The DressX digital fashion market works similarly, although customers first upload a photo and present it along with the purchase of an item, such as warrior pants and Sofia Vaiman fashion student top / video games.

Before pressing the buy button, shoppers will see a statement that includes the phrase: “The 100% digital collection did not require material fabrics, water or CO2 for shipments and shipments, creating the plan for traditional fashion institutions and optimizing arts education in the 21st century. ”

four options in DressX


Fight against climate change with a digital closet

Sustainability is an important part of what DressX sells. “Don’t buy less, buy digital fashion,” says his vision statement. This comes down to one of the things driving the expansion of digital fashion: the terrible reputation of fast fashion.

The rapid production of garments to satisfy the endless fashion seasons that pass through the internet is an ecological and labor nightmare. Fast fashion contributes significantly to climate change and creates an immense amount of waste when your products are soon thrown away as they go out of fashion or deteriorate rapidly. The working conditions and remuneration of garment workers are exploitative and sometimes deadly.

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Social media is full of fashion, with influencers displaying dresses after dresses from huge stacks that piled up from places like Shein, which has facilities in China that produce incredibly cheap clothes that have trends like madness at TikTok . Much of this clothing is not made outside of publications, so a digital alternative can save money for influential aspirants and give some respite to the environment.

“The Manufacturer was created for the same reason: to create beautiful pieces that allow us to explore our identity in an innovative way without the planet paying the price for our desire to express ourselves,” says Larosse. “The reality is we just don’t need any more physical stuff or waste any of our precious natural resources just to leave our clothes sitting in closets or end up in a landfill.”

Digital model wearing a white dress over her shoulder with orange trim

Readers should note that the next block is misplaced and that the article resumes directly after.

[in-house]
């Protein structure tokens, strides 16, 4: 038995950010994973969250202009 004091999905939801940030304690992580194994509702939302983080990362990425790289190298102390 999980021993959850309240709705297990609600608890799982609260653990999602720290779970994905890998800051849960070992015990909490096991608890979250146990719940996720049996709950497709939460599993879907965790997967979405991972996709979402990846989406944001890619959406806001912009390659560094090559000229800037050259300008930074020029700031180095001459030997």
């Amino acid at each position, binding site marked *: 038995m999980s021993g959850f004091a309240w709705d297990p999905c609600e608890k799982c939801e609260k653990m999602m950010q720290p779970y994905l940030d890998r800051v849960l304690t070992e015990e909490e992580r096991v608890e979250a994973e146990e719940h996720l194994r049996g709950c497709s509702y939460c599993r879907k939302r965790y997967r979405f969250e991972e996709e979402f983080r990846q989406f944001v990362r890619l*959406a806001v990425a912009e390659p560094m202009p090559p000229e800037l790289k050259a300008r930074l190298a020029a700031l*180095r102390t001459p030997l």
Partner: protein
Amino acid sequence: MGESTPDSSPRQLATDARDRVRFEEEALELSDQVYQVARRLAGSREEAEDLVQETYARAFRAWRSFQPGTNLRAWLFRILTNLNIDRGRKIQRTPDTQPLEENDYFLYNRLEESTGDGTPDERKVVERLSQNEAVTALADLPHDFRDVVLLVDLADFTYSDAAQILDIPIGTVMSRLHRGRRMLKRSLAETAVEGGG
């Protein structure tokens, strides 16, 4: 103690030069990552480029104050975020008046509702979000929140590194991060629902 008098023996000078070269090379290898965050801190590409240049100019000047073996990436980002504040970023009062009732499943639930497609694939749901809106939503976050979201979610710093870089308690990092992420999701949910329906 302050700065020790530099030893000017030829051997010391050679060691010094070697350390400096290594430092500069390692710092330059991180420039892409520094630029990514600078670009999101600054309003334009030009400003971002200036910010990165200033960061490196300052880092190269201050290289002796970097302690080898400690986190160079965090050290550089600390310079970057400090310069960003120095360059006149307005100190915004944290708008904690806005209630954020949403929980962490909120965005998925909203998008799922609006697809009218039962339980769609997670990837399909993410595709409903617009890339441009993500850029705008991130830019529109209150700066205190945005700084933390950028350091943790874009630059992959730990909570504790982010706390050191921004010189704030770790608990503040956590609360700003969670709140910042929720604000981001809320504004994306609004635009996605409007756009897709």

The manufacturer

Digital fashion can also be more inclusive, as clothing fits a photo or avatar instead of a human body. While there has been a push to expand in size in an industry built primarily with straight-sized brands, there are still inequalities when larger customers face a shelf in a clothing store. And for those who want to experiment with gender norms in dress, doing so in a digital space may be more comfortable than in an audience.

All disguised and nowhere to go

It would be hard to ignore another reason why we see more digital fashion: in the face of a pandemic, we haven’t been able to experience much off-screen. If the clothes are about seeing and being seen, the place where they are seen has changed radically.

“Initially, our work was considered an interesting atypical value, but not something in which physical brands felt the need to participate,” says Larosse. “The pandemic drastically changed the outlook for what we do and made the benefits of our work very tangible.”

Balenciaga designer Demna Gvsalia showed off the brand’s fall / winter virtual reality show by sending 330 Oculus headphones to guests. The Spring / Summer 2022 collection was presented in video form, with a fake audience and a cloned model with deepfake technology to look like a complete gaggle on the track.

At the end of the day, or more likely in a year, we will leave. People are neither 1 nor 0 years old populating a virtual reality world. We are living a real one, but sometimes we have to play to find out what we want.